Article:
These devices use highly sophisticated electronic components to collect data, track activities and provide customised experiences. Moreover, they are designed to help workers perform their jobs more safely, thereby reducing work-related accidents.

Wearable devices are deeply entrenched in consumer behaviour, but it’s in infancy in an industrial context. There are two main reasons for this: firstly, cost and secondly, concerns around the data that can be collected and stored by wearable tech; some workers might consider it an infringement of privacy, and when it comes to using tech to monitor job function, it can create a sense of being ‘micro-managed’. 

However, if these obstacles can be overcome, there is huge potential for wearables for occupational safety monitoring. In fact, the global wearables market is projected to exceed US$ 2.78bn by 2024, expanding at a CAGR of 9.2%*, and the HSE is backing wearables through its Shared Research Programme, indicating that this is definitely one to watch.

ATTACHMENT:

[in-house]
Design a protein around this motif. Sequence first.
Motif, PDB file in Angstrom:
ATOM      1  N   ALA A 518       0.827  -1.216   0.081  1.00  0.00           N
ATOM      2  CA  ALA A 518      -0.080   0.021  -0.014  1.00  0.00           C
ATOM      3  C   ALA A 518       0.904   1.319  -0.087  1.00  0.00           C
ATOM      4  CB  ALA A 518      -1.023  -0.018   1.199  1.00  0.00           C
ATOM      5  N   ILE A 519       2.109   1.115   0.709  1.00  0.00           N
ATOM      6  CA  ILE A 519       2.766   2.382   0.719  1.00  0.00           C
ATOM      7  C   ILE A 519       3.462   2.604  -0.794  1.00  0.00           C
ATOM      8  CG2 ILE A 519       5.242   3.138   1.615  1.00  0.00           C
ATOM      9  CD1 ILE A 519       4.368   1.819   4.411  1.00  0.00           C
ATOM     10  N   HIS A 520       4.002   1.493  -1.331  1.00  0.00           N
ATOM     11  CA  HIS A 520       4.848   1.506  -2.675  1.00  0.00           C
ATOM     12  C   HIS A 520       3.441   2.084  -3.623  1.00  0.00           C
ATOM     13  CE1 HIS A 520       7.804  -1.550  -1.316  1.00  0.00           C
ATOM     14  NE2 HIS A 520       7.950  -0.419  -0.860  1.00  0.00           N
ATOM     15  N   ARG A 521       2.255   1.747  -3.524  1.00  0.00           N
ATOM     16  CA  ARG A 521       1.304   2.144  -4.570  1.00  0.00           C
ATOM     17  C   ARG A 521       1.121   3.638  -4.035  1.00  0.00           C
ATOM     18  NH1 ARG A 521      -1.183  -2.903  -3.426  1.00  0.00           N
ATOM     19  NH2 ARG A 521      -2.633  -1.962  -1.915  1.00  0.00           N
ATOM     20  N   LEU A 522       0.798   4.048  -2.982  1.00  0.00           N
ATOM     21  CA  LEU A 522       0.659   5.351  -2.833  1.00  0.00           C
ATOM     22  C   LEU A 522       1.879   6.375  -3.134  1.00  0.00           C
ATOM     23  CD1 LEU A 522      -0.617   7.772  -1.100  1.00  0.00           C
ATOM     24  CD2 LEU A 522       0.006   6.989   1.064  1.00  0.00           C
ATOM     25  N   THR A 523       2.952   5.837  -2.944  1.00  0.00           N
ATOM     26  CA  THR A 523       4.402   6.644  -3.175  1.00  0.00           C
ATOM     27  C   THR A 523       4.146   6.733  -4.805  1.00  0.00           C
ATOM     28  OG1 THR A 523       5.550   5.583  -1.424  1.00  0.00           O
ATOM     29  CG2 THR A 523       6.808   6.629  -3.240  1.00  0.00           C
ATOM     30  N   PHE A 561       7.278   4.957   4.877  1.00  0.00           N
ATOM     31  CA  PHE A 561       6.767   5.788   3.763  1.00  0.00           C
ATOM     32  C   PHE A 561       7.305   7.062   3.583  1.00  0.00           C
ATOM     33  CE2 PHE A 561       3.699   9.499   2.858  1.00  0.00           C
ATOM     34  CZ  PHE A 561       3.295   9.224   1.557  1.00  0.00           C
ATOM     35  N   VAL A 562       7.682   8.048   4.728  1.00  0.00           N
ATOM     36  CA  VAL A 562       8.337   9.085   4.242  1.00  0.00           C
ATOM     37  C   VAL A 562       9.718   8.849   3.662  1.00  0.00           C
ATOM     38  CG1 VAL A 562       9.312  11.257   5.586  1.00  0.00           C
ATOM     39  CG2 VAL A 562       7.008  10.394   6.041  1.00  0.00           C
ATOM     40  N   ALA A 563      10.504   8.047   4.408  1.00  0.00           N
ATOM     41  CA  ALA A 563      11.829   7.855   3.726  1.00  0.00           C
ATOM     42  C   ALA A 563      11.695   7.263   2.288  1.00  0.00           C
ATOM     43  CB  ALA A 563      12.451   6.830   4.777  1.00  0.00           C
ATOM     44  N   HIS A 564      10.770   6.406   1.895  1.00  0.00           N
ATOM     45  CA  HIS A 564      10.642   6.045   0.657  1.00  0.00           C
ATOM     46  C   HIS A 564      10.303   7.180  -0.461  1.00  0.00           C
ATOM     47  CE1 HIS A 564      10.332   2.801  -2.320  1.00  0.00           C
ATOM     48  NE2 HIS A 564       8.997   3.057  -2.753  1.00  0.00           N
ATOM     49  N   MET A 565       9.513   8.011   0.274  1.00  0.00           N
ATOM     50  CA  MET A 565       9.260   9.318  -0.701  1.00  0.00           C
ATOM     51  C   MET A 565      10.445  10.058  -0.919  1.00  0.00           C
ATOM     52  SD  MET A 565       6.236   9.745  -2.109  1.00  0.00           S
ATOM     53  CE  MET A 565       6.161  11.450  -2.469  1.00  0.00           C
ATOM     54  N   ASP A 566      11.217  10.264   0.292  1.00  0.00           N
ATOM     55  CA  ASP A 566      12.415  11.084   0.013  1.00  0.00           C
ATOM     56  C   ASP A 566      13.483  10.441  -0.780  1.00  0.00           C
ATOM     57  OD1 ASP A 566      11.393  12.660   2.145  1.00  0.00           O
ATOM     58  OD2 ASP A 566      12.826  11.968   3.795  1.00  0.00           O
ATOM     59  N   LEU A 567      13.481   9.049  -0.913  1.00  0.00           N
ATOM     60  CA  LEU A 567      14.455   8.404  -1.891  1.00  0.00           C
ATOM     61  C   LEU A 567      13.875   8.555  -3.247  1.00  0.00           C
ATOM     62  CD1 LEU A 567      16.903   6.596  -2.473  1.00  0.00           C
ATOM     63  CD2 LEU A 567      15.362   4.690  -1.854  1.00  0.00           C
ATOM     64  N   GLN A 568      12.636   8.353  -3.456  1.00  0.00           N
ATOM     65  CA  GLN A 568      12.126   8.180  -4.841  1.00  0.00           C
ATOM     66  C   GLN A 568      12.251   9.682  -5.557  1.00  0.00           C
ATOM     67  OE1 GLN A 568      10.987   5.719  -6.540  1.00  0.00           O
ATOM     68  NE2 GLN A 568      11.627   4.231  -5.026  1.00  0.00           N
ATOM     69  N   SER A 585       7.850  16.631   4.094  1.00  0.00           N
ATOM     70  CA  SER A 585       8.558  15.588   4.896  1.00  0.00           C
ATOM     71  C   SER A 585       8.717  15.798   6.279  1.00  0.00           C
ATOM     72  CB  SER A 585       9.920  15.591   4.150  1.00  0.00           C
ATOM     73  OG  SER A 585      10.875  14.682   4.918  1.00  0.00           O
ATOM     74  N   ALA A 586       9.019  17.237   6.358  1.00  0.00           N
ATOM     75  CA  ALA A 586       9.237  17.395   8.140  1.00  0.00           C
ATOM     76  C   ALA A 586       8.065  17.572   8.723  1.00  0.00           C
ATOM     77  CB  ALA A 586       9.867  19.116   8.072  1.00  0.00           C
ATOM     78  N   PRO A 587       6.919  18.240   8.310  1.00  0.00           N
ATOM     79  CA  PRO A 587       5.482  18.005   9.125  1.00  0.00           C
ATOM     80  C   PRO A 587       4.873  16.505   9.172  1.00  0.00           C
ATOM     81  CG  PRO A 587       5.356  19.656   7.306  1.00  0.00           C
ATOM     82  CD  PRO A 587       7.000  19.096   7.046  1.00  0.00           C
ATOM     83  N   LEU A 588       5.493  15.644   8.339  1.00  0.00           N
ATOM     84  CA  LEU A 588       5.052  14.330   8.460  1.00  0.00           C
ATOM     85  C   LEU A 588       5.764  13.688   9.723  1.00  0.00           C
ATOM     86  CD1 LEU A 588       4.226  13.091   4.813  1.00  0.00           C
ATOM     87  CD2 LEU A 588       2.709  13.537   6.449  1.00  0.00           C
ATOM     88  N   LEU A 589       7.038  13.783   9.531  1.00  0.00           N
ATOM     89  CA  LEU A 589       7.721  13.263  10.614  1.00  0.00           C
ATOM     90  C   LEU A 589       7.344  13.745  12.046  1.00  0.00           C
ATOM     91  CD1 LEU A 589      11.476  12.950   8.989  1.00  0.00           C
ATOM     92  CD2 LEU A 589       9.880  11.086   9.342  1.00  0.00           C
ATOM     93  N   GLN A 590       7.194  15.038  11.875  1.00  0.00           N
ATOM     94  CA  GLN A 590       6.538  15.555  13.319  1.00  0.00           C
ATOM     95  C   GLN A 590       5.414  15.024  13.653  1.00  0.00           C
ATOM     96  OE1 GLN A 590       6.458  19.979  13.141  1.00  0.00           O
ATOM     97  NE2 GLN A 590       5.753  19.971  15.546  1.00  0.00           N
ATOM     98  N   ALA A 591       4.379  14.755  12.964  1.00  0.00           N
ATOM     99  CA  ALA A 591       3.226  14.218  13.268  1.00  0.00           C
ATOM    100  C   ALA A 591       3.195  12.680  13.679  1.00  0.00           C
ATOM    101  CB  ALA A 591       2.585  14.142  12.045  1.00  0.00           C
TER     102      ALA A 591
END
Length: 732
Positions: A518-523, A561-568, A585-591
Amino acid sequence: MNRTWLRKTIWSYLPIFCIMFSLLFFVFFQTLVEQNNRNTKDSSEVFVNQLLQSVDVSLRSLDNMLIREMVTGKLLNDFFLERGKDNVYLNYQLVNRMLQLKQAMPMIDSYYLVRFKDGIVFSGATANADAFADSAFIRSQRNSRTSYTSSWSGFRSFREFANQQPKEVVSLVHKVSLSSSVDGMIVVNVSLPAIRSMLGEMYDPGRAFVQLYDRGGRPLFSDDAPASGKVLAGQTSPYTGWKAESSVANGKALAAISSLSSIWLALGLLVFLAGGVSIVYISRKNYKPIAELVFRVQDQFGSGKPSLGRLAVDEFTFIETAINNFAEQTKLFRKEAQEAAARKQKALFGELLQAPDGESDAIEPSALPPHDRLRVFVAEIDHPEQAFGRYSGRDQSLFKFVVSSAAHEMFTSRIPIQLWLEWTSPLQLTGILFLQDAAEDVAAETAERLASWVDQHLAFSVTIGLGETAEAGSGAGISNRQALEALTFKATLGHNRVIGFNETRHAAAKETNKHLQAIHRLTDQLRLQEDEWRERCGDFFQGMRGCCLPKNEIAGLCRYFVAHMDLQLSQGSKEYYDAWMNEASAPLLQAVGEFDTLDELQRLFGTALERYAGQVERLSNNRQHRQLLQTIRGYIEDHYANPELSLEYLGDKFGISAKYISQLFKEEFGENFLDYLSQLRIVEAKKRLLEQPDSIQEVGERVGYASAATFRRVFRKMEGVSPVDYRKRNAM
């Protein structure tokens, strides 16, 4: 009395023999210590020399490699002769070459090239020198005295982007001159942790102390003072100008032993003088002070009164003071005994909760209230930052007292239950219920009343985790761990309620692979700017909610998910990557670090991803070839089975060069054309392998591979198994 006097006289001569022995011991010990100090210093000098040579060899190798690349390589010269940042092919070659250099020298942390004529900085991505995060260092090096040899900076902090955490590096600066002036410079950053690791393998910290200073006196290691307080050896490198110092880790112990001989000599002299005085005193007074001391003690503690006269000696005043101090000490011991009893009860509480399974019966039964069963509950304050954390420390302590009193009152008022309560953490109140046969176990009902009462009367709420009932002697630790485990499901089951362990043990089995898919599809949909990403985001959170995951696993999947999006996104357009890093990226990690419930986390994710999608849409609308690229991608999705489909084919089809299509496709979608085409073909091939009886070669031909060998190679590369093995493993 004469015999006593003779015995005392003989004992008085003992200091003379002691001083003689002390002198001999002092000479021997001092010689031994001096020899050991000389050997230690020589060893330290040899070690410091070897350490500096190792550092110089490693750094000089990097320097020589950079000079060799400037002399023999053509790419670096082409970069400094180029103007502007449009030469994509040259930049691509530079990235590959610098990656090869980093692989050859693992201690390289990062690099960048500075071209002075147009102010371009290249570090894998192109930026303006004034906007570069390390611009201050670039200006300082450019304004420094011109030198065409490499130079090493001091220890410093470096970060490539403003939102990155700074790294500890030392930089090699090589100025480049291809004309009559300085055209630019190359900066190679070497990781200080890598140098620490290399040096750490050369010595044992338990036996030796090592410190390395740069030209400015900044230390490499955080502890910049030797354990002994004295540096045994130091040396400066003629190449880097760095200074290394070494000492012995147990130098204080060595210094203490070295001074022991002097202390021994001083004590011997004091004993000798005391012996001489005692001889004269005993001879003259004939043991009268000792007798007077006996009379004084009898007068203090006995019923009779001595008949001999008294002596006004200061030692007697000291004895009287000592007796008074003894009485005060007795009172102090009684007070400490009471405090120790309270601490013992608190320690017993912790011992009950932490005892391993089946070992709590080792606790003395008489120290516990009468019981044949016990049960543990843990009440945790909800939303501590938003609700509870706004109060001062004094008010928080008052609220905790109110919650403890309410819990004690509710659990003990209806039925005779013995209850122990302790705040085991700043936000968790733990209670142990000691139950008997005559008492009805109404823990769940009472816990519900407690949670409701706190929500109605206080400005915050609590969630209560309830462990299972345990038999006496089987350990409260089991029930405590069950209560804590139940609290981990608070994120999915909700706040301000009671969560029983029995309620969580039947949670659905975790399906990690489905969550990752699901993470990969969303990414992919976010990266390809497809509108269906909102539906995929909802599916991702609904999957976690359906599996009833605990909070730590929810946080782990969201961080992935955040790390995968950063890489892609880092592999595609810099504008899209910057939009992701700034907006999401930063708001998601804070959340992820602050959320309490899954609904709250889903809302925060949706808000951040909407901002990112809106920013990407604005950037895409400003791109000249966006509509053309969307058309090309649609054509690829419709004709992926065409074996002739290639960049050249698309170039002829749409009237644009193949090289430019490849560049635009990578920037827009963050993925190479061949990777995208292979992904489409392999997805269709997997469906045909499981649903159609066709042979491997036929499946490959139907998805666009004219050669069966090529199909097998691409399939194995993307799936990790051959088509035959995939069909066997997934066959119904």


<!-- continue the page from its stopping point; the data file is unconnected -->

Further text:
2: Artificial Intelligence

Health and safety is one area where Artificial Intelligence (AI) is yet to make a big impact, but its time is coming. One particular area that is developing fast and is gaining traction is the monitoring of health and safety performance in the workplace.

Examples are systems that use computer vision technologies to monitor workers, feeding the data back to a central platform where it can be assessed. These systems can identify a range of health and safety concerns, such as incorrect use of PPE, dangerous machines causing risks to people, overheating equipment, and more.

These systems can provide data to managers to help them improve working practices in their organisations. However, the systems also offer real-time benefits as they can identify imminent safety risks. When they do, the system can send an immediate alert to the workers involved via, for example, a wearable device.

3: New HSE App for SMEs

The Health and Safety Executive has launched a new app targeted at small and medium-sized businesses. The aim of the app is to help businesses understand health and safety law and their responsibilities.

The features of the app include a Health and Safety Toolbox that provides a general overview of risks, the law, and business responsibilities. There are also risk management guides and information on managing work-related stress.